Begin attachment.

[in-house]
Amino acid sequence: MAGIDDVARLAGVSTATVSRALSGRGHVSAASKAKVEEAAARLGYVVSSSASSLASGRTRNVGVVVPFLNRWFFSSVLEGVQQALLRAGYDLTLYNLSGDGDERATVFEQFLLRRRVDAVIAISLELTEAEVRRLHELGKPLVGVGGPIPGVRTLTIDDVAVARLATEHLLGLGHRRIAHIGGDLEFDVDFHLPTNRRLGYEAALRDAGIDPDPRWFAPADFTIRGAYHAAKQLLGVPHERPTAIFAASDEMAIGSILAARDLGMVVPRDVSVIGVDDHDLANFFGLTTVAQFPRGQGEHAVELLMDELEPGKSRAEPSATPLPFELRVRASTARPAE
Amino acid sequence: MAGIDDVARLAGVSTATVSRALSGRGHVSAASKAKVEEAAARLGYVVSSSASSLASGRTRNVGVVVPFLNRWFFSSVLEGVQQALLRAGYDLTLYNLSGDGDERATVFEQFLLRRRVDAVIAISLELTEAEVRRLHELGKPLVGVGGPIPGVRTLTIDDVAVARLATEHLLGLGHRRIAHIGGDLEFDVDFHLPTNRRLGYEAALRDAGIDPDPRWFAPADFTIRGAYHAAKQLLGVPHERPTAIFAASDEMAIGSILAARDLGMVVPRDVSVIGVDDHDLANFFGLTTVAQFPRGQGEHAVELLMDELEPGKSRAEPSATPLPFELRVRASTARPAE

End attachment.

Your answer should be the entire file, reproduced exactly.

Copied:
[in-house]
Amino acid sequence: MAGIDDVARLAGVSTATVSRALSGRGHVSAASKAKVEEAAARLGYVVSSSASSLASGRTRNVGVVVPFLNRWFFSSVLEGVQQALLRAGYDLTLYNLSGDGDERATVFEQFLLRRRVDAVIAISLELTEAEVRRLHELGKPLVGVGGPIPGVRTLTIDDVAVARLATEHLLGLGHRRIAHIGGDLEFDVDFHLPTNRRLGYEAALRDAGIDPDPRWFAPADFTIRGAYHAAKQLLGVPHERPTAIFAASDEMAIGSILAARDLGMVVPRDVSVIGVDDHDLANFFGLTTVAQFPRGQGEHAVELLMDELEPGKSRAEPSATPLPFELRVRASTARPAE
Amino acid sequence: MAGIDDVARLAGVSTATVSRALSGRGHVSAASKAKVEEAAARLGYVVSSSASSLASGRTRNVGVVVPFLNRWFFSSVLEGVQQALLRAGYDLTLYNLSGDGDERATVFEQFLLRRRVDAVIAISLELTEAEVRRLHELGKPLVGVGGPIPGVRTLTIDDVAVARLATEHLLGLGHRRIAHIGGDLEFDVDFHLPTNRRLGYEAALRDAGIDPDPRWFAPADFTIRGAYHAAKQLLGVPHERPTAIFAASDEMAIGSILAARDLGMVVPRDVSVIGVDDHDLANFFGLTTVAQFPRGQGEHAVELLMDELEPGKSRAEPSATPLPFELRVRASTARPAE